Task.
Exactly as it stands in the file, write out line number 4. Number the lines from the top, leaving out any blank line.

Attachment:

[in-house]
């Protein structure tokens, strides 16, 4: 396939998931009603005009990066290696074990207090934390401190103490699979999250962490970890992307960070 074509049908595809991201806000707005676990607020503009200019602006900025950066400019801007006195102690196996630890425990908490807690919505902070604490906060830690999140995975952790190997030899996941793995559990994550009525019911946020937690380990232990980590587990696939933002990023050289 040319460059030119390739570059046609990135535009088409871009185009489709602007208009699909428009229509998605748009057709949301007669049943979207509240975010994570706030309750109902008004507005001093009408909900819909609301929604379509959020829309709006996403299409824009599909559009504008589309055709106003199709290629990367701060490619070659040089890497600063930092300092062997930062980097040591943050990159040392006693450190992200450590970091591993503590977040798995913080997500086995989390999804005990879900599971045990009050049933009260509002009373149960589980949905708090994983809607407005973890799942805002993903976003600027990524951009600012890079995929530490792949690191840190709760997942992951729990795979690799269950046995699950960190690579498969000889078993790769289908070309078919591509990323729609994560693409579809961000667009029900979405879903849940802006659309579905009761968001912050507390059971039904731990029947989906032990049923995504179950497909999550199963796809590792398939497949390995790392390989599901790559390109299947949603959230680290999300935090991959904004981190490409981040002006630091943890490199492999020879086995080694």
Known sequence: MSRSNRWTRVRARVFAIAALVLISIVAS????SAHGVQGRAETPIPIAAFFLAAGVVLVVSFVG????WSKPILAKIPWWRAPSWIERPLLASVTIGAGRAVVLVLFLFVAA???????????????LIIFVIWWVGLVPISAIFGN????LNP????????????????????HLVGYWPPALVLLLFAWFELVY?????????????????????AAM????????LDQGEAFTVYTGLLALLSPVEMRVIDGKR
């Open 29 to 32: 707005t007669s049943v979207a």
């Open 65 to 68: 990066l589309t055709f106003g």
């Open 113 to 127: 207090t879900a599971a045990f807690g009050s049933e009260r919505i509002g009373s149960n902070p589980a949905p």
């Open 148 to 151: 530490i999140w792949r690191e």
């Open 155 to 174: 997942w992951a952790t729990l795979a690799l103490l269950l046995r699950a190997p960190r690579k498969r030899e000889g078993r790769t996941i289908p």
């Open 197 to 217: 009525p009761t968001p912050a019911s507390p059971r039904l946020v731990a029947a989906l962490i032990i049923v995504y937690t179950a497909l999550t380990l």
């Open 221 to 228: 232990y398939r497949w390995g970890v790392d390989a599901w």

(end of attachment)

């Open 29 to 32: 707005t007669s049943v979207a």